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Darwin Correspondence Project

From Daniel Oliver   23 November 1860


23. XI. 60 | Friday morng

My dear Sir

Dr. Hooker has given me your memorandum about the Fly-Catcher.1 Looking again at the notice of Asclepias in Konig & Sims’ Annals of Botany.2 I find reference there to an account of the Fly-catching Dogbane (Apocynum androsaemifolium) by Curtis in Bot. Mag. 280.3 This is doubtless the plant. Dr. Hooker recollects it I think at Glasgow. & I believe quite thinks yours must have been the same. Curtis says “The flowers of this Apocynum have a sweet honey-like fragrance, which perfumes the air to a considerable distance x x x x when a plant x x is fully blown one may always find flies caught in its blossoms, usually by the trunk, very rarely by the leg x x x —. x x x x x x the sweet viscid substance    x    secreted by the stigma within the antherae x x the fly endeavours to obtain, & to this end insinuates its trunk first into the lowermost & widest part of the slit, betwixt each of the antherae x x pushing it of necessity upwards: when gratified, not having the sense to place itself in the same position, as that in wh. it stood when it inserted its trunk & to draw it out in the same direction downwards, unfortunately for it, it varies its position, & pulling its trunk upwards, draws it into the narrow part of the slit, where it becomes closely wedged in, & the more it pulls the more securely it is caught,” &c &c

See also Darwin (!) Botanic Garden, Supplement. p— ?. 4

Shall I copy you all Curtis’ account? We must make a point of looking at this Apocynum. Yours very faithfully | Danl. Oliver


The reference was written in the margin of the letter. Oliver refers to an item in the ‘Miscellaneous articles’ section of Annals of Botany 1 (1805): 398–9, edited by Karl Dietrich Eberhard Koenig and John Sims. The article is an abstract of Barton 1806, in which Asclepias syrica, the fly-catcher, is described. The abstract also mentions Apocynum androsaemifolium.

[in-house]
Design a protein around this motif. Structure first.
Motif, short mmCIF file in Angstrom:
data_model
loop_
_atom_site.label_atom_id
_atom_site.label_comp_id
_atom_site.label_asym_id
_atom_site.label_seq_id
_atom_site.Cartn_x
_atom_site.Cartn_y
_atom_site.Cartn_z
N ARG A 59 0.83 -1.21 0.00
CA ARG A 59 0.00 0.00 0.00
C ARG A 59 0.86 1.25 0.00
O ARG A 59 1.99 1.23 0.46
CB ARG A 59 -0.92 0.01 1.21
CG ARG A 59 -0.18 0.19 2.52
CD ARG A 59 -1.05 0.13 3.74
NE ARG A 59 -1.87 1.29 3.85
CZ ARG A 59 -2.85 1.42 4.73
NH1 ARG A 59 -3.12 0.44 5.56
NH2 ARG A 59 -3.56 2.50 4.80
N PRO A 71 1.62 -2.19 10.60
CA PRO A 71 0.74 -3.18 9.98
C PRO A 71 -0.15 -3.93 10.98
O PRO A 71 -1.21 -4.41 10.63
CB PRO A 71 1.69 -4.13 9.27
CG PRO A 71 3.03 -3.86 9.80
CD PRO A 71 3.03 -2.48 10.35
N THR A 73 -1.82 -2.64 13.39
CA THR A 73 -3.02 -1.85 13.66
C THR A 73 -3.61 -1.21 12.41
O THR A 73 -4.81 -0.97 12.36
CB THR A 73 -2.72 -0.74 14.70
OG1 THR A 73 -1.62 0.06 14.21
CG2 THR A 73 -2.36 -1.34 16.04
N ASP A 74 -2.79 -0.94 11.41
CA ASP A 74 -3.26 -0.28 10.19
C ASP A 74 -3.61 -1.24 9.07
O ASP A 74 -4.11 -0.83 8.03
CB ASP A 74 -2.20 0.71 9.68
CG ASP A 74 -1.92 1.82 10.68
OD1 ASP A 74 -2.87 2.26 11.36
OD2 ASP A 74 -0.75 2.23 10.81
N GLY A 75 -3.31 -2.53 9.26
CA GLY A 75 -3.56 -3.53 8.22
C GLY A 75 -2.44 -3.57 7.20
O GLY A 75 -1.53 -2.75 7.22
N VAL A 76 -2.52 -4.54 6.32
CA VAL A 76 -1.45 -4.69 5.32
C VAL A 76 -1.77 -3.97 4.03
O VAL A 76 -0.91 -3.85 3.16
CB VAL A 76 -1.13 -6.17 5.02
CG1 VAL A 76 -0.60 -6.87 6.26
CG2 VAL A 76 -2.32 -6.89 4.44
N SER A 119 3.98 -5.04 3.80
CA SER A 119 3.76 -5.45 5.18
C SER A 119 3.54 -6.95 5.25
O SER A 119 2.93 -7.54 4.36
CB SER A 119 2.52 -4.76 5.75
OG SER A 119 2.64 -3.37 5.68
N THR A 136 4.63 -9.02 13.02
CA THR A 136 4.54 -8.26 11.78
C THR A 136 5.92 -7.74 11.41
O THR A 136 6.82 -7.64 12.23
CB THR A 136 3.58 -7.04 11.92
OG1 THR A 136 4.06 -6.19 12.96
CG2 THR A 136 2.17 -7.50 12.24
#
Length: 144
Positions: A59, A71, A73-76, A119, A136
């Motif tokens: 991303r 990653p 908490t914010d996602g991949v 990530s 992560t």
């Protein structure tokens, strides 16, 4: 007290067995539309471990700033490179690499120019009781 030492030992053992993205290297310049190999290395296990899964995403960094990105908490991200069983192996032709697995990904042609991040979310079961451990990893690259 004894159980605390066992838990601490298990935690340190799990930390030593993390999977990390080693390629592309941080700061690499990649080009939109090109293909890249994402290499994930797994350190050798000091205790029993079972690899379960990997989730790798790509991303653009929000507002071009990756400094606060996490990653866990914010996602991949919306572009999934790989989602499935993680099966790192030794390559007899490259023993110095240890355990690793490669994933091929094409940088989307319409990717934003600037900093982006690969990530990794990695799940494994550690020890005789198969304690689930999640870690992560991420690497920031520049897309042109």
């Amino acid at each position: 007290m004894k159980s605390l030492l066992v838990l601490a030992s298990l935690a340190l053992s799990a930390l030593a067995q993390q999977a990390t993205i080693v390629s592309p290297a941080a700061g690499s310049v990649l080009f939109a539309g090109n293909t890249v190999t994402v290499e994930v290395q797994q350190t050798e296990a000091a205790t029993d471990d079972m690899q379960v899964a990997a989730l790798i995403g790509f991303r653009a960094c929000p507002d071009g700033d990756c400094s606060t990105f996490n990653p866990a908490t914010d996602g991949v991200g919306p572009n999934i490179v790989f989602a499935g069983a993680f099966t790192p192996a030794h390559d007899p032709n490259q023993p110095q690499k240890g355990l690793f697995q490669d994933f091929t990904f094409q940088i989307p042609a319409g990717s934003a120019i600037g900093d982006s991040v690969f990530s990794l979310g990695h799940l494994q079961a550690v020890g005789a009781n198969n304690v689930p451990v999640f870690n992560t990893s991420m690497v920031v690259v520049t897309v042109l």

A. androsaemifolium was figured in William Curtis’s Botanical Magazine 8 (1794): tab. 280.
CD’s grandfather, Erasmus Darwin, provided a plate of A. androsaemifolium in The loves of the plants (E. Darwin 1789–91, pt 2, facing p. 182). He described plants of this species growing in the garden of his brother, Robert Waring Darwin of Elston, Nottinghamshire. Oliver’s reference to the ‘Supplement’ is explained by the plate and description being in a section of the book entitled ‘Additional notes’.


Barton, Benjamin Smith. 1806. Memorandum on a new vegetable muscipula. Transactions of the American Philosophical Society 6: 79–82.

Darwin, Erasmus. 1789–91. The botanic garden; a poem, in two parts. Pt 1. The economy of vegetation. London: J. Johnson. 1791. Pt 2. The loves of the plants. With philosophical notes. Lichfield: J. Jackson. 1789.


Dr Hooker has given him CD’s memorandum on the fly-catcher.

Copies out extract from Curtis’ Botanical Magazine [On Apocynum androsæmifolium, 8 (1794): tab.]: 280 and gives a further reference in Erasmus Darwin’s The loves of plants [1789]. Suggests that they look at Apocynum.

Letter details

Letter no.
Daniel Oliver
Charles Robert Darwin
Sent from
Source of text
DAR 157a
Physical description

Please cite as

Darwin Correspondence Project, “Letter no. 2995A,” accessed on 28 January 2021,

Also published in The Correspondence of Charles Darwin, vol. 8